As I said above - now I will choose Amazon Instant on a Fire TV if available unless I have access to the Blu-Ray.
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Last edited by undecided; 07-21-2014 at 12:10 AM.
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post #1299 of 1305 Old 07-21-2014, 12:06 AM
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Quote:
Originally Posted by niccolo View Post
This seems to happen consistently on Amazon Prime, but not with other content. Basically, when a movie is cutting to a new shot, it will hesitate for a split second too long. Other people don't notice it until I point it out, at which point they definitely notice it.

Interesting idea to compare the length of a film or to run two parallel, though I'm not sure how I'd do the latter. Another thing I should try is streaming Amazon Prime on my laptop to see if it occurs, I haven't tried that.

Here are some other people reporting the exact same issue with Amazon video streaming: http://www.computerforum.com/215050-...ng-movies.html
So is it every title?

Which playback device are you using.

When I first got my Fire TV I saw what you are describing on one Continuum Episode (at the time I assumed it was a bad encode) - some in the Fire TV Thread here also reported the same but it seemed to vary on which TV they were using.

I haven't seen the issue on any Amazon Instant content I have watched in the last couple of months on a Panasonic Plasma.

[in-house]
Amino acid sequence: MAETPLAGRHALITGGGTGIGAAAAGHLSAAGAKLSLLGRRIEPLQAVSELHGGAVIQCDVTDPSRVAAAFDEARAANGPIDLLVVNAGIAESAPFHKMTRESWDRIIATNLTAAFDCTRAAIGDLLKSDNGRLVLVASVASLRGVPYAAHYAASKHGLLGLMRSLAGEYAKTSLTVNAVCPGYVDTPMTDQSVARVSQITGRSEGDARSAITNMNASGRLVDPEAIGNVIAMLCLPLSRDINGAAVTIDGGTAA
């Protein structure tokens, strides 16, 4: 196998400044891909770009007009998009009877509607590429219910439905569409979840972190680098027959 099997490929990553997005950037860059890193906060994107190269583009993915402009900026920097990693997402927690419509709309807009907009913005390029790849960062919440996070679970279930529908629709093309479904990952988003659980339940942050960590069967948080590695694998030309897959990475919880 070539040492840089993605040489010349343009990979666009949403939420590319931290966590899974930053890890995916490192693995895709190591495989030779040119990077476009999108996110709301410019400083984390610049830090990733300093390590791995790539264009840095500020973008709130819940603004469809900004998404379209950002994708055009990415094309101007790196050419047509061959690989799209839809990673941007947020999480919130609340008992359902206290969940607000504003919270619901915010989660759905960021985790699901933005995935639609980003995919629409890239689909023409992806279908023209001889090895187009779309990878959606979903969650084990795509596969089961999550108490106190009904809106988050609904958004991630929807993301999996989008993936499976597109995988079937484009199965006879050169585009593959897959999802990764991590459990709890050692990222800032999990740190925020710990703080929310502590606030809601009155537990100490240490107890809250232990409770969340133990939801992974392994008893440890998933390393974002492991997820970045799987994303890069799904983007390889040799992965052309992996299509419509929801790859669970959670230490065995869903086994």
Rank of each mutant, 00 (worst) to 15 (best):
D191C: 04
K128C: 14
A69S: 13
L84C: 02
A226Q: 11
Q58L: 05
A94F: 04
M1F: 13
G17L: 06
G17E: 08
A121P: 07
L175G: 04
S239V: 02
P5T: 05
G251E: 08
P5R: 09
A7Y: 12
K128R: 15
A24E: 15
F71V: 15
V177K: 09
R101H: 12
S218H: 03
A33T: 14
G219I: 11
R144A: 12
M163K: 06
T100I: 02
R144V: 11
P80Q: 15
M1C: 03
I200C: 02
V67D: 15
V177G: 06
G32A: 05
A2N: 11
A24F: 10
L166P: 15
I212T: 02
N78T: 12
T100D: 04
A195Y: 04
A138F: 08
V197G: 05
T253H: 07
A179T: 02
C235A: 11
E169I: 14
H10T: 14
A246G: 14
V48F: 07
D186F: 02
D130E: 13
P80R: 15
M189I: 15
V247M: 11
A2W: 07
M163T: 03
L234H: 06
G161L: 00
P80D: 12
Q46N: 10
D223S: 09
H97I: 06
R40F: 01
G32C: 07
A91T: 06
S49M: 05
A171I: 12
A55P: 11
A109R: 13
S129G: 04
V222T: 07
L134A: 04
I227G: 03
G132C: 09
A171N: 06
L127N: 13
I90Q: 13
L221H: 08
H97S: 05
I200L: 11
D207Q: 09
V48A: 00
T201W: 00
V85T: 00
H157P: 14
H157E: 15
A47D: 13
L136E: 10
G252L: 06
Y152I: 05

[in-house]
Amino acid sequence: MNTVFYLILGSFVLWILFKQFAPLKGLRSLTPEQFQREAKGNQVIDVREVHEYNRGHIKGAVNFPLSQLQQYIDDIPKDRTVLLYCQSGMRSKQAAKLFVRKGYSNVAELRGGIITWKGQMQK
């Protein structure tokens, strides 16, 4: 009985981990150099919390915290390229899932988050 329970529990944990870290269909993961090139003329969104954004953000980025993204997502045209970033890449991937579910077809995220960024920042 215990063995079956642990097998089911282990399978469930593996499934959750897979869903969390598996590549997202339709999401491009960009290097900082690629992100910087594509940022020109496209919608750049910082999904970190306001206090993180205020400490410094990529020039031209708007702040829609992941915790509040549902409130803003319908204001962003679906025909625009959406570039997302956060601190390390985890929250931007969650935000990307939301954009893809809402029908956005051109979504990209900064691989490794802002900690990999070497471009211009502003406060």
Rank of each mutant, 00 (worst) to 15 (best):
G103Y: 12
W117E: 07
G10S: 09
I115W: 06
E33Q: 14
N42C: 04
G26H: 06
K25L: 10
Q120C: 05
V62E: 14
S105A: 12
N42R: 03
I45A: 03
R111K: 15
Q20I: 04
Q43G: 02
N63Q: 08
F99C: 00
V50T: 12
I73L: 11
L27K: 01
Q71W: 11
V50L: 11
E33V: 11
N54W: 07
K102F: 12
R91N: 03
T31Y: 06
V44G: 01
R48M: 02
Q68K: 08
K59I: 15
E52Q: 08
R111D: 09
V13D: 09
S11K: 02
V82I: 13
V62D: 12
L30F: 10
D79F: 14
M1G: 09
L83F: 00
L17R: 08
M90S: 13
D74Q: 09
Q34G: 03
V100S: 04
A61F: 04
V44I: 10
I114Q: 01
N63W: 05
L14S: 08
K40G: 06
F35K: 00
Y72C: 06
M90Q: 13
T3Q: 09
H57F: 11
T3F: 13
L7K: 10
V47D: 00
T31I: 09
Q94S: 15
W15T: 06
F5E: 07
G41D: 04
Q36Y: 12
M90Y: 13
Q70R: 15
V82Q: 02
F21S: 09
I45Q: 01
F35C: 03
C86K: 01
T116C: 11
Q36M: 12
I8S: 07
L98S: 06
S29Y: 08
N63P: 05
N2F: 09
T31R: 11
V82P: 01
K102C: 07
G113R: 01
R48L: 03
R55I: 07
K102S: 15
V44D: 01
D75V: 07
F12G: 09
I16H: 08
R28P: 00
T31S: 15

Last edited by undecided; 07-21-2014 at 12:12 AM.
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post #1300 of 1305 Old 07-21-2014, 12:12 AM
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Originally Posted by undecided View Post
So is it every title?

Which playback device are you using.

When I first got my Fire TV I saw what you are describing on one Continuum Episode (at the time I assumed it was a bad encode) - some in the fire TV Thread here also reported the same but it seemed to vary on which TV they were using.

I haven't seen the issue on any Amazon Instant content I have watched in the last couple of months on a Panasonic Plasma.
It sounds a bit different than what others on here have experienced, I've only noticed the brief pauses at cuts, and not even every cut. A friend suggested it seemed most prevalent (or noticeable) when there was a lot of movement before the cut. Yep, it seems to arise with everything I've streamed through Amazon so far--e.g. various movies and TV shows, all pretty recent stuff. I'm accessing this content through my Panasonic DMP-BDT210 Bluray player, connected via HDMI to my Denon X2000 AVR and from there via HDMI to my Benq W1070 projector.